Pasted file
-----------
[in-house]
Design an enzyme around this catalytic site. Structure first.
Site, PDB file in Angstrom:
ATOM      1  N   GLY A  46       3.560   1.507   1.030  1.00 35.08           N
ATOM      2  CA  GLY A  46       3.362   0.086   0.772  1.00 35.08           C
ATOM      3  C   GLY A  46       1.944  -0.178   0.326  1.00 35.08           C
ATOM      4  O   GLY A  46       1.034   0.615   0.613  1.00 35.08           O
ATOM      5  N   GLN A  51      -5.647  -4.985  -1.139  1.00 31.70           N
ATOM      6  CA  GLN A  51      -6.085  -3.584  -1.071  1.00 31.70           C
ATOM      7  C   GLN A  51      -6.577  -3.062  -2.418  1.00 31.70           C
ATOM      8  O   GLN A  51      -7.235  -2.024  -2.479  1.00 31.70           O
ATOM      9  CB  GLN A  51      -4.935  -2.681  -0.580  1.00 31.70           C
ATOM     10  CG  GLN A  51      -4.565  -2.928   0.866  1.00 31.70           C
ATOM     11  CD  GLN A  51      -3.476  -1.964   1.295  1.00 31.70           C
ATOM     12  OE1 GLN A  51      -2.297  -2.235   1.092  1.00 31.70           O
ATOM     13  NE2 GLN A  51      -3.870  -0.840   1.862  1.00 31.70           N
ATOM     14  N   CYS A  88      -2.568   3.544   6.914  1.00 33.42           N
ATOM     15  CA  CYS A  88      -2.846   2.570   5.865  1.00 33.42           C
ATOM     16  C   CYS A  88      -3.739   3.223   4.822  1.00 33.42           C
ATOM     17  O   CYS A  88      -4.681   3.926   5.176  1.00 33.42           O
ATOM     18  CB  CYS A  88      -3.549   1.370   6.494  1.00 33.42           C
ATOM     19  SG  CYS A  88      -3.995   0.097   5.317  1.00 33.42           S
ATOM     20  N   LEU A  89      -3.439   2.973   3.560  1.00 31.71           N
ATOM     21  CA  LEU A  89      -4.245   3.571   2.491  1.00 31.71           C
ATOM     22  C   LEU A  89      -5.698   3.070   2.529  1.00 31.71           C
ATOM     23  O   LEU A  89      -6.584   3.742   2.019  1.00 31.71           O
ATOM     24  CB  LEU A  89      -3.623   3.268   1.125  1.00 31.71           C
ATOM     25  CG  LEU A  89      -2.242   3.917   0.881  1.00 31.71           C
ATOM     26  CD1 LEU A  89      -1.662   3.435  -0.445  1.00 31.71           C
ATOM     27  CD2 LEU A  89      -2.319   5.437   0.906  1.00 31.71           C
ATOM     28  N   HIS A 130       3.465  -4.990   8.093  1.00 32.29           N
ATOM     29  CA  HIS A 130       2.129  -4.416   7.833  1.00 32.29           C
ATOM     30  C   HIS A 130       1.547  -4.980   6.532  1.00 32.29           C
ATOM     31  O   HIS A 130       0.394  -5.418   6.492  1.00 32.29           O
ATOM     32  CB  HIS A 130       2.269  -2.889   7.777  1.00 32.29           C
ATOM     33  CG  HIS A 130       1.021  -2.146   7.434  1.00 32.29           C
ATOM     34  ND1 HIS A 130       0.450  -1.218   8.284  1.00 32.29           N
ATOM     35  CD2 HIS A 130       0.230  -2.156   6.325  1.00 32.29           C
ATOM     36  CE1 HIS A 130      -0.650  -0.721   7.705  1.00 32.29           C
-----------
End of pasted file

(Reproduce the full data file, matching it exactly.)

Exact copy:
[in-house]
Design an enzyme around this catalytic site. Structure first.
Site, PDB file in Angstrom:
ATOM      1  N   GLY A  46       3.560   1.507   1.030  1.00 35.08           N
ATOM      2  CA  GLY A  46       3.362   0.086   0.772  1.00 35.08           C
ATOM      3  C   GLY A  46       1.944  -0.178   0.326  1.00 35.08           C
ATOM      4  O   GLY A  46       1.034   0.615   0.613  1.00 35.08           O
ATOM      5  N   GLN A  51      -5.647  -4.985  -1.139  1.00 31.70           N
ATOM      6  CA  GLN A  51      -6.085  -3.584  -1.071  1.00 31.70           C
ATOM      7  C   GLN A  51      -6.577  -3.062  -2.418  1.00 31.70           C
ATOM      8  O   GLN A  51      -7.235  -2.024  -2.479  1.00 31.70           O
ATOM      9  CB  GLN A  51      -4.935  -2.681  -0.580  1.00 31.70           C
ATOM     10  CG  GLN A  51      -4.565  -2.928   0.866  1.00 31.70           C
ATOM     11  CD  GLN A  51      -3.476  -1.964   1.295  1.00 31.70           C
ATOM     12  OE1 GLN A  51      -2.297  -2.235   1.092  1.00 31.70           O
ATOM     13  NE2 GLN A  51      -3.870  -0.840   1.862  1.00 31.70           N
ATOM     14  N   CYS A  88      -2.568   3.544   6.914  1.00 33.42           N
ATOM     15  CA  CYS A  88      -2.846   2.570   5.865  1.00 33.42           C
ATOM     16  C   CYS A  88      -3.739   3.223   4.822  1.00 33.42           C
ATOM     17  O   CYS A  88      -4.681   3.926   5.176  1.00 33.42           O
ATOM     18  CB  CYS A  88      -3.549   1.370   6.494  1.00 33.42           C
ATOM     19  SG  CYS A  88      -3.995   0.097   5.317  1.00 33.42           S
ATOM     20  N   LEU A  89      -3.439   2.973   3.560  1.00 31.71           N
ATOM     21  CA  LEU A  89      -4.245   3.571   2.491  1.00 31.71           C
ATOM     22  C   LEU A  89      -5.698   3.070   2.529  1.00 31.71           C
ATOM     23  O   LEU A  89      -6.584   3.742   2.019  1.00 31.71           O
ATOM     24  CB  LEU A  89      -3.623   3.268   1.125  1.00 31.71           C
ATOM     25  CG  LEU A  89      -2.242   3.917   0.881  1.00 31.71           C
ATOM     26  CD1 LEU A  89      -1.662   3.435  -0.445  1.00 31.71           C
ATOM     27  CD2 LEU A  89      -2.319   5.437   0.906  1.00 31.71           C
ATOM     28  N   HIS A 130       3.465  -4.990   8.093  1.00 32.29           N
ATOM     29  CA  HIS A 130       2.129  -4.416   7.833  1.00 32.29           C
ATOM     30  C   HIS A 130       1.547  -4.980   6.532  1.00 32.29           C
ATOM     31  O   HIS A 130       0.394  -5.418   6.492  1.00 32.29           O
ATOM     32  CB  HIS A 130       2.269  -2.889   7.777  1.00 32.29           C
ATOM     33  CG  HIS A 130       1.021  -2.146   7.434  1.00 32.29           C
ATOM     34  ND1 HIS A 130       0.450  -1.218   8.284  1.00 32.29           N
ATOM     35  CD2 HIS A 130       0.230  -2.156   6.325  1.00 32.29           C
ATOM     36  CE1 HIS A 130      -0.650  -0.721   7.705  1.00 32.29           C